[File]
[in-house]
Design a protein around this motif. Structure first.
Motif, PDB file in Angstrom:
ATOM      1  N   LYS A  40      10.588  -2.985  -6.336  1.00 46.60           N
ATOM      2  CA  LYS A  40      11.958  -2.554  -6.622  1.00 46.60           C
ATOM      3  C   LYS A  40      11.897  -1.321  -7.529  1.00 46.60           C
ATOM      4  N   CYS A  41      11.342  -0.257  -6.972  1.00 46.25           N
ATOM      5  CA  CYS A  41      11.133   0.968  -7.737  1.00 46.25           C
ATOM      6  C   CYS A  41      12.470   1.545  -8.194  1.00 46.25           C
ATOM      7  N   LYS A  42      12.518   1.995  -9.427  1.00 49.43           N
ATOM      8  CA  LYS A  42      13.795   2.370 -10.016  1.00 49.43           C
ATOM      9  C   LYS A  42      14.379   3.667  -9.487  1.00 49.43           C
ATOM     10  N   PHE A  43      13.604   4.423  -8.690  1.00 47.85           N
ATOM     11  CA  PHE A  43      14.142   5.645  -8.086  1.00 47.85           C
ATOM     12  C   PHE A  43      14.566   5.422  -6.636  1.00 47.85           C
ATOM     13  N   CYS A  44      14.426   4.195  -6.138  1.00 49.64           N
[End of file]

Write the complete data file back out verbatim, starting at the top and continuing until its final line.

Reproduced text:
[in-house]
Design a protein around this motif. Structure first.
Motif, PDB file in Angstrom:
ATOM      1  N   LYS A  40      10.588  -2.985  -6.336  1.00 46.60           N
ATOM      2  CA  LYS A  40      11.958  -2.554  -6.622  1.00 46.60           C
ATOM      3  C   LYS A  40      11.897  -1.321  -7.529  1.00 46.60           C
ATOM      4  N   CYS A  41      11.342  -0.257  -6.972  1.00 46.25           N
ATOM      5  CA  CYS A  41      11.133   0.968  -7.737  1.00 46.25           C
ATOM      6  C   CYS A  41      12.470   1.545  -8.194  1.00 46.25           C
ATOM      7  N   LYS A  42      12.518   1.995  -9.427  1.00 49.43           N
ATOM      8  CA  LYS A  42      13.795   2.370 -10.016  1.00 49.43           C
ATOM      9  C   LYS A  42      14.379   3.667  -9.487  1.00 49.43           C
ATOM     10  N   PHE A  43      13.604   4.423  -8.690  1.00 47.85           N
ATOM     11  CA  PHE A  43      14.142   5.645  -8.086  1.00 47.85           C
ATOM     12  C   PHE A  43      14.566   5.422  -6.636  1.00 47.85           C
ATOM     13  N   CYS A  44      14.426   4.195  -6.138  1.00 49.64           N